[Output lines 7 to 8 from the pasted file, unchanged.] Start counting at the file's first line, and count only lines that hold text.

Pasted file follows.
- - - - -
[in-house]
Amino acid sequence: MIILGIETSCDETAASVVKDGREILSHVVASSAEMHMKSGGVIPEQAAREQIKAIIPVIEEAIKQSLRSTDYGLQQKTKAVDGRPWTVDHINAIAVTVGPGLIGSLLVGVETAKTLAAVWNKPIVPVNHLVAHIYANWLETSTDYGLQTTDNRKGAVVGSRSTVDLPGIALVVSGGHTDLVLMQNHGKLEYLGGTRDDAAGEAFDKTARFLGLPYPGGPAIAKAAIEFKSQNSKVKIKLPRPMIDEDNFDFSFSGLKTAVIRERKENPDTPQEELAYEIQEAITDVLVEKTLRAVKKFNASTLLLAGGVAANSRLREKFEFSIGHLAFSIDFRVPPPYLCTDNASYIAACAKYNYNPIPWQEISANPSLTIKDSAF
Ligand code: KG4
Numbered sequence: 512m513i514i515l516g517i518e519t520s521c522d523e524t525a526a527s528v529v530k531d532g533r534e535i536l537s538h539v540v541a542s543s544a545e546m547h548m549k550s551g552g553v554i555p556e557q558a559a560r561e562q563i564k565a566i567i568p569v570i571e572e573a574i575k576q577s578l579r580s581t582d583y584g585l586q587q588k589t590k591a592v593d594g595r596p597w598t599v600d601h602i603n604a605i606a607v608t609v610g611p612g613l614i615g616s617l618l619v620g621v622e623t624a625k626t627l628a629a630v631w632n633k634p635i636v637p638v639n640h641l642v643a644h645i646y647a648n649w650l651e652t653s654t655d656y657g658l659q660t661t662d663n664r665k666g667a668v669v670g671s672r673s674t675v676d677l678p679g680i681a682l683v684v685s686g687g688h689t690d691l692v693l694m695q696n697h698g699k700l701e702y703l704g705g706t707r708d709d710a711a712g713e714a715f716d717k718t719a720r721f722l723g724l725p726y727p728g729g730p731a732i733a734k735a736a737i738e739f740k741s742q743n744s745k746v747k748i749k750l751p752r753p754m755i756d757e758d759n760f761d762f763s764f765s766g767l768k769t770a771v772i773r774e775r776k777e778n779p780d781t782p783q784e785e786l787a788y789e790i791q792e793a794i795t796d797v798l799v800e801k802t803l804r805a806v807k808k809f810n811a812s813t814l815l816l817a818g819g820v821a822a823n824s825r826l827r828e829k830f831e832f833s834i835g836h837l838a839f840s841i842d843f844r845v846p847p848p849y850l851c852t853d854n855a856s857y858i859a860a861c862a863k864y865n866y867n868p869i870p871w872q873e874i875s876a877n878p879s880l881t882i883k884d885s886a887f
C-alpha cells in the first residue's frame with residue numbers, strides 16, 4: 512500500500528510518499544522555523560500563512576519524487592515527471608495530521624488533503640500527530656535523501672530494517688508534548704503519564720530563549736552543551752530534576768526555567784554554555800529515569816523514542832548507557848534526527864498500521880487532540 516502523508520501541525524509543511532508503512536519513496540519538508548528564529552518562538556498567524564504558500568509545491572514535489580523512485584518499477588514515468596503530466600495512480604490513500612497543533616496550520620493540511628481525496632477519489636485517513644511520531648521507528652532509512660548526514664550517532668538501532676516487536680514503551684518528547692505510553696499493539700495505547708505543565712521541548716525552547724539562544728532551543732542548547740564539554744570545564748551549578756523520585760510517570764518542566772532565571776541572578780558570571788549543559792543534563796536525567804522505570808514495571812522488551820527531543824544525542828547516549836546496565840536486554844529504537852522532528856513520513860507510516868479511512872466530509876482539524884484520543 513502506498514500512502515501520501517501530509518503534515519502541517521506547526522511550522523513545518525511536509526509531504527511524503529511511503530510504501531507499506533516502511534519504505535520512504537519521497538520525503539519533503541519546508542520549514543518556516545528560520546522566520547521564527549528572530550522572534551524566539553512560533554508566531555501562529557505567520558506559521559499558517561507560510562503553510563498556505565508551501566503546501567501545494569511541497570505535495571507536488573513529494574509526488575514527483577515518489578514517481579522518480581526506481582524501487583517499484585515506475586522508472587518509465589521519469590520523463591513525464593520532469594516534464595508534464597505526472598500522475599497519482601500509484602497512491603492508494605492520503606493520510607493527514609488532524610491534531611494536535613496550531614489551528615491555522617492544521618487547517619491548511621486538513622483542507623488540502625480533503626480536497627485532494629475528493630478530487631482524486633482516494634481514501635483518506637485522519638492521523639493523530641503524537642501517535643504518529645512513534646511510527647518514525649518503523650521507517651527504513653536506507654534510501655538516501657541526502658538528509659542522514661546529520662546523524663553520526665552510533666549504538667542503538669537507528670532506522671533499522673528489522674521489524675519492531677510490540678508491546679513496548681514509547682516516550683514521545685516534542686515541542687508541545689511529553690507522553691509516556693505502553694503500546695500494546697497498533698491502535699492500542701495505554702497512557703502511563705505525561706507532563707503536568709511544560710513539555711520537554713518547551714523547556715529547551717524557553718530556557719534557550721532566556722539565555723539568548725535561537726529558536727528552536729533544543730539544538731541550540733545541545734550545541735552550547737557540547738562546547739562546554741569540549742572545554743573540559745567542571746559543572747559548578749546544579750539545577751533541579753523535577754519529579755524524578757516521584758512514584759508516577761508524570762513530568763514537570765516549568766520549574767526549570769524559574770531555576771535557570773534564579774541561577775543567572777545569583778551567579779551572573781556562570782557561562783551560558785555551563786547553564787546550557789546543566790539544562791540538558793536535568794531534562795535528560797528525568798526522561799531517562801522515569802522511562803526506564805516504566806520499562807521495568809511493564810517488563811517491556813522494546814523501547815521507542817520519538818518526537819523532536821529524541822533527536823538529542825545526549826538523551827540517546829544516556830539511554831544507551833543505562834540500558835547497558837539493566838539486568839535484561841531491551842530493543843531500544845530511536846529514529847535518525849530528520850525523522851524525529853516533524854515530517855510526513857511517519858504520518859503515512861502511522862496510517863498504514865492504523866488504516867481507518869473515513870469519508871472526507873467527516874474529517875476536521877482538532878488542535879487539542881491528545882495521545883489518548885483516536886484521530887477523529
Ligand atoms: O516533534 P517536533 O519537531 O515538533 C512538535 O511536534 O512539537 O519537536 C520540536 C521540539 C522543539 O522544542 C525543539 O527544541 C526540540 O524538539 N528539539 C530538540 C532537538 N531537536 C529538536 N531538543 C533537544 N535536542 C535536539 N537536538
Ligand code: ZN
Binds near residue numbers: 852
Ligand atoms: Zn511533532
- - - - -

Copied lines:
Ligand code: ZN
Binds near residue numbers: 852